food halls in america
Tofu Rice Bowl at Pink Bellies. Workshop Charleston, S.C. | Andrew Cebulka
Tofu Rice Bowl at Pink Bellies. Workshop Charleston, S.C. | Andrew Cebulka
Travel

Tons of American Cities Are Opening New Food Halls This Year

When you first touch down in a new city, you might scoff if someone suggests you “hit up so-and-so food hall.” You’d be forgiven. The very words “food hall” conjure images of charmless college dorm cafeterias where you once shoveled cold chicken tenders into your mouth on a prepaid meal plan.

But the next time you’re in Charleston -- or Austin, Dallas, Denver, Baltimore, Atlanta, DC, Birmingham, Long Beach, Huntington Beach, or Miami -- there’s a decent chance you’ll be pointed in the direction of a new food hall. Close to a dozen cities across the country have or will open their own versions by the end of this year.

The new brand of food hall is neither a dorm cafeteria nor the mall food court of your youth. “If you’re visiting from out of town, and you want to get a flavor of a city, there’s absolutely nowhere better than a food hall,” Niall Hanley told me. Hanley is responsible for the Morgan Street Food Hall & Market, launching near Downtown Raleigh, North Carolina later this year. When doors open, visitors can sample local sushi, Asian fusion, and raw food restaurants in a single 22,000 square foot space. Also present will be Oak City Fish and Chips, a much-loved food truck known for its addictive seasoning on the fried seafood.

If you’re prone to quick weekend trips, or a fan of eating really, really good food for not that much money, your ears should be perking up right now. Tuning into a city’s food scene usually involves an Uber, a 45+-minute wait, laying down a Benjamin, and repeating x3 until you go home. The whole idea of the food hall is to offer innovative concepts from aspiring chefs and big-name restaurateurs alike in an attractive, actually-well-lit space -- so you can dig into the local cuisine in less time, for less money.

workshop food hall
Workshop food hall in Charleston, SC | Andrew Cebulka

Food halls give chefs the chance to experiment at less risk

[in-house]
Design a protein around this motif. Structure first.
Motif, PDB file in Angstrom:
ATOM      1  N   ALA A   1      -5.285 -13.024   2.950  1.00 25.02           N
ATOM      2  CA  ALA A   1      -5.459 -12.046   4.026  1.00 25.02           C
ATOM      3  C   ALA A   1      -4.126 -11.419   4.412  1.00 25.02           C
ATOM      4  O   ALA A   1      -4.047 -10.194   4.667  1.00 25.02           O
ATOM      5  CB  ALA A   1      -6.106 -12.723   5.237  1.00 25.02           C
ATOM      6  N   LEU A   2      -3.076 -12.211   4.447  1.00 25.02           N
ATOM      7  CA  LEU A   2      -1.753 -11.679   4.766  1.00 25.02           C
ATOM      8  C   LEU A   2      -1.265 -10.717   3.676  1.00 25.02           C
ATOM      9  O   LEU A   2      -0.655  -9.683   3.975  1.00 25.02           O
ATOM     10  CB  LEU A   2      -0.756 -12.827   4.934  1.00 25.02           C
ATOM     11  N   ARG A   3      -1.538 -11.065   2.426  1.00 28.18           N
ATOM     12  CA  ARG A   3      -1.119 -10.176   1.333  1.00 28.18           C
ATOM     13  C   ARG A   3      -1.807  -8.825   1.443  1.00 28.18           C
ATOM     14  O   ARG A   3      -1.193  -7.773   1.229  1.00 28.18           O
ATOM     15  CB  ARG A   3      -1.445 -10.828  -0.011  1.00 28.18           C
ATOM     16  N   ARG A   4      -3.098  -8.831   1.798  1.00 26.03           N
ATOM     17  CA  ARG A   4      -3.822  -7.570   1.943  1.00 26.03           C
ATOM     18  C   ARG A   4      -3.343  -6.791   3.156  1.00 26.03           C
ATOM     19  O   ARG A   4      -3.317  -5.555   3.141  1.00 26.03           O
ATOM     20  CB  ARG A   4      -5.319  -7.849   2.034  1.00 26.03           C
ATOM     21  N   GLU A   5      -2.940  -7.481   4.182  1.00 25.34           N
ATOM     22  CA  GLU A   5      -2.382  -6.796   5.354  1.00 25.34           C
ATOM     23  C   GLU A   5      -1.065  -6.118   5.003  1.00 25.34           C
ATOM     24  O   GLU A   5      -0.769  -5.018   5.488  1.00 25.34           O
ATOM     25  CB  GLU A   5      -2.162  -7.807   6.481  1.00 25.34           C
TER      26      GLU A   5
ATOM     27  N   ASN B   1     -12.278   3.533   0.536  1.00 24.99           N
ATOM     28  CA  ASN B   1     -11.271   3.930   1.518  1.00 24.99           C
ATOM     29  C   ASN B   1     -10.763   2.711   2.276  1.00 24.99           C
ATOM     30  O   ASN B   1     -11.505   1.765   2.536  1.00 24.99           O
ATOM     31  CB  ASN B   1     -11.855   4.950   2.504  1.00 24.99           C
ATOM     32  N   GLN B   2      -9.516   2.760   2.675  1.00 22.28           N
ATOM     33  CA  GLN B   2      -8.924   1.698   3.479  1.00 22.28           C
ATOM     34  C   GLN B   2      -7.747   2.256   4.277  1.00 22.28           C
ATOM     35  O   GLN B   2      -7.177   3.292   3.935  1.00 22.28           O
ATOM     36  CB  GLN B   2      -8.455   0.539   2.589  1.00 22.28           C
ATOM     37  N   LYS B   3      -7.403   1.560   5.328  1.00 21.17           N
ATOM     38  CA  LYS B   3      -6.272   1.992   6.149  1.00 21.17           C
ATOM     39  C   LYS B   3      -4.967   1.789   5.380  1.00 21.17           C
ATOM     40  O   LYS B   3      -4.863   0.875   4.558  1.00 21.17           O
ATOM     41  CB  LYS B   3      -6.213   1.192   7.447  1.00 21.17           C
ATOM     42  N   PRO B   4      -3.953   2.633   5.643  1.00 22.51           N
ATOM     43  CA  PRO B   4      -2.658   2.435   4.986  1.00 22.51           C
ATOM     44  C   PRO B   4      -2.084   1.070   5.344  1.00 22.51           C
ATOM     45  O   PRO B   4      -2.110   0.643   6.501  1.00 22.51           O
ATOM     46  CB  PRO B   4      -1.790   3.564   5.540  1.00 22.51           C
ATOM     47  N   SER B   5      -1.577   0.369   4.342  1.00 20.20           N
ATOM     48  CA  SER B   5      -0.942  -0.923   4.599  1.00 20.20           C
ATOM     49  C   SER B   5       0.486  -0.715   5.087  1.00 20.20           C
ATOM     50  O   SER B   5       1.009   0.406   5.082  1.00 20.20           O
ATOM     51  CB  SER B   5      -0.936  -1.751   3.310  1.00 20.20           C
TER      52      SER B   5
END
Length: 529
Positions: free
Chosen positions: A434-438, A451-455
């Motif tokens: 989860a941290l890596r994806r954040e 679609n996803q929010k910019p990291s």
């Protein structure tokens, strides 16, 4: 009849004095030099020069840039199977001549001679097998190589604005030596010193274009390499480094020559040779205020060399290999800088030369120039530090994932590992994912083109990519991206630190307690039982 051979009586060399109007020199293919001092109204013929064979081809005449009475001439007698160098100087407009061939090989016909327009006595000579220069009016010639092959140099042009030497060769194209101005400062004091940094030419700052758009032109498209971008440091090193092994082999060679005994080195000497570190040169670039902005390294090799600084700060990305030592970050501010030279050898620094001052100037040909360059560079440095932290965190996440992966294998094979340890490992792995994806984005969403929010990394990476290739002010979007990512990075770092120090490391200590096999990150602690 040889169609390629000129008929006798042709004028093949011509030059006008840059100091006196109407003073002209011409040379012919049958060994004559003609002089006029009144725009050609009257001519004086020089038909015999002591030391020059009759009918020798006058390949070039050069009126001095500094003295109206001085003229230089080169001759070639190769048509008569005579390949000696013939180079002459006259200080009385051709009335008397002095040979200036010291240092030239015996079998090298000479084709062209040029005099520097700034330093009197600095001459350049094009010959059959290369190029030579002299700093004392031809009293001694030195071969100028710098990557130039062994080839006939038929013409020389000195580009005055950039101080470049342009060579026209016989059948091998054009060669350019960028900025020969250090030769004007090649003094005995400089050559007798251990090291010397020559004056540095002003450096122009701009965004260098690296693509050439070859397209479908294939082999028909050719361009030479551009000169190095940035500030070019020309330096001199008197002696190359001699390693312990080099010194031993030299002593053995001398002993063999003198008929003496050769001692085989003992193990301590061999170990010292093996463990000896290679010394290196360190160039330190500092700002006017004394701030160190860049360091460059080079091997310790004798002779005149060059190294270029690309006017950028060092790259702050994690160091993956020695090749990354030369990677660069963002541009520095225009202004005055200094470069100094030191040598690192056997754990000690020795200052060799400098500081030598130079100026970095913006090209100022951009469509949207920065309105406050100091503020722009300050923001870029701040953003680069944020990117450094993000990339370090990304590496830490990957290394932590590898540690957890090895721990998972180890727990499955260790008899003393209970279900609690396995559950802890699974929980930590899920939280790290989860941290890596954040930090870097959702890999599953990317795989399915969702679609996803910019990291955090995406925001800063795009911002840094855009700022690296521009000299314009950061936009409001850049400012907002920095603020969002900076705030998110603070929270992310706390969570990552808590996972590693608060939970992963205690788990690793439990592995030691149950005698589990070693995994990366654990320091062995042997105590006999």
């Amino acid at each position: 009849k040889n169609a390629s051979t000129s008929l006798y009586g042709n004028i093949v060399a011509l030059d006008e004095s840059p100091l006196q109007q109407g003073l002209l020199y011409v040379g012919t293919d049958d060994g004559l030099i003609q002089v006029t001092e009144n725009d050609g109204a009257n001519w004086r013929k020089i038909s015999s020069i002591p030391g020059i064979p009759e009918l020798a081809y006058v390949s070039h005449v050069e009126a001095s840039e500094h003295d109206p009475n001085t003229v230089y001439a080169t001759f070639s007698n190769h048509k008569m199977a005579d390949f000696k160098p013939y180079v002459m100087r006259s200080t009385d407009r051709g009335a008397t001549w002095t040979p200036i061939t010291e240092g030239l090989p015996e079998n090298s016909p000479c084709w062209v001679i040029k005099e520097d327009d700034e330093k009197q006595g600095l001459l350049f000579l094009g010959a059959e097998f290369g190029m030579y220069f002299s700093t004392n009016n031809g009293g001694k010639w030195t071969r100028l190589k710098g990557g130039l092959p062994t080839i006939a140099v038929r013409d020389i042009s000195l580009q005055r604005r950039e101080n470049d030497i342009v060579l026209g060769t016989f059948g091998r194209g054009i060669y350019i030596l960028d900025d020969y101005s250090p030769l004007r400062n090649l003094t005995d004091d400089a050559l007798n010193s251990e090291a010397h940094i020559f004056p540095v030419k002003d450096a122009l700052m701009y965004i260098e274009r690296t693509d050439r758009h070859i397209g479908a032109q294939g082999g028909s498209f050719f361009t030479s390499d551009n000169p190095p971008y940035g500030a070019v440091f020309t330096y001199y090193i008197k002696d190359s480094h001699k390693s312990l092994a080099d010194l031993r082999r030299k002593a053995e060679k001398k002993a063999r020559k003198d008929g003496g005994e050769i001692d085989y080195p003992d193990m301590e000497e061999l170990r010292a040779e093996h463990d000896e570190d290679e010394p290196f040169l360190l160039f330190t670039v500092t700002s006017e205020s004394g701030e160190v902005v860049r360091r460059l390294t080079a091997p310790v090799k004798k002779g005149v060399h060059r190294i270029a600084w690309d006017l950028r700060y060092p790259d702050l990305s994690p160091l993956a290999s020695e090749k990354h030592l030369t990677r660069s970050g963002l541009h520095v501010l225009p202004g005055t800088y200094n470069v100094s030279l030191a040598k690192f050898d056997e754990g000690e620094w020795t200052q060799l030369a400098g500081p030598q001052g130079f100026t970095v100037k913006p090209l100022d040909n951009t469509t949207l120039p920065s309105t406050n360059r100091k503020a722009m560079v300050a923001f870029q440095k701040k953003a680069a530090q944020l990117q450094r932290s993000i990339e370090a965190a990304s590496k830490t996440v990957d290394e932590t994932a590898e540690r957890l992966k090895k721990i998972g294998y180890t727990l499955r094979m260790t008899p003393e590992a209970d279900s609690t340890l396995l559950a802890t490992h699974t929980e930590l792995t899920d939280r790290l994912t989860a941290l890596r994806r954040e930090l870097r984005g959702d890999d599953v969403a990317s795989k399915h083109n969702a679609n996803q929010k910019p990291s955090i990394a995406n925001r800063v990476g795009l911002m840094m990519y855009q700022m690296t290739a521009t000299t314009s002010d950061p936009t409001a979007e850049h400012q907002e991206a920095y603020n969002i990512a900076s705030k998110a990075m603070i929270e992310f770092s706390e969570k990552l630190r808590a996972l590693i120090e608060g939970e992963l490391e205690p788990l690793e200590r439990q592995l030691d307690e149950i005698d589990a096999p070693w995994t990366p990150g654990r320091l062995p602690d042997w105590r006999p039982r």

You may find a single leading chef holding court (literally, in the food court). That’ll be the case at Isabella’s Eatery in Washington, DC, a 10-restaurant space opening this fall (formerly the Tysons Galleria food court). Famed DC restaurateur and former-Top Chef Mike Isabella lets visitors try several of his destination restaurants without having to crisscross the city. The menus won’t be exactly the same, but if a diner wants to try the rigatoni with veal bolognese from Graffiato, a roasted duck phyllo pie from Kapnos, and wash it down with a chili-honey-pineapple margarita from Pepita, they can do it all in one place. And for less dough. So you can experience the best of the DC food scene and still have time to hit a Smithsonian.

“A lot of chefs have pivoted from opening bigger, more expensive concepts to making nice food at lower prices,” said Michael Shemtov, who just opened the sleek food hall Workshop in Charleston, South Carolina. Shemtov’s also the guy behind Charleston’s late-night sandwich spot Butcher & Bee. His latest venture steers diners away from the elaborate, multi-hour restaurant experience in favor of fast-casual joints that don’t skimp on quality ingredients.

lot 579
Burnt Crumbs at Lot 579 | Adeniz Villar (Styleplace Media)/Marie Buck Photography

Workshop features six rotating kitchens. Current headliners include a grilled cheese shop from Butcher & Bee pastry chef Cynthia Wong and a surprising Tex-Mex concept from pitmaster John Lewis (aka, the brisket genius who helped Aaron Franklin open Franklin’s Barbecue in Austin). Pink Bellies, a Vietnamese food truck and one of our favorites in Charleston, is also here, along with the fan-favorite Animal Style Burger: a banh mi with two burger patties, American cheese, secret sauce, pickles, grilled onions, and mustard, crafted by owner Thai Phi.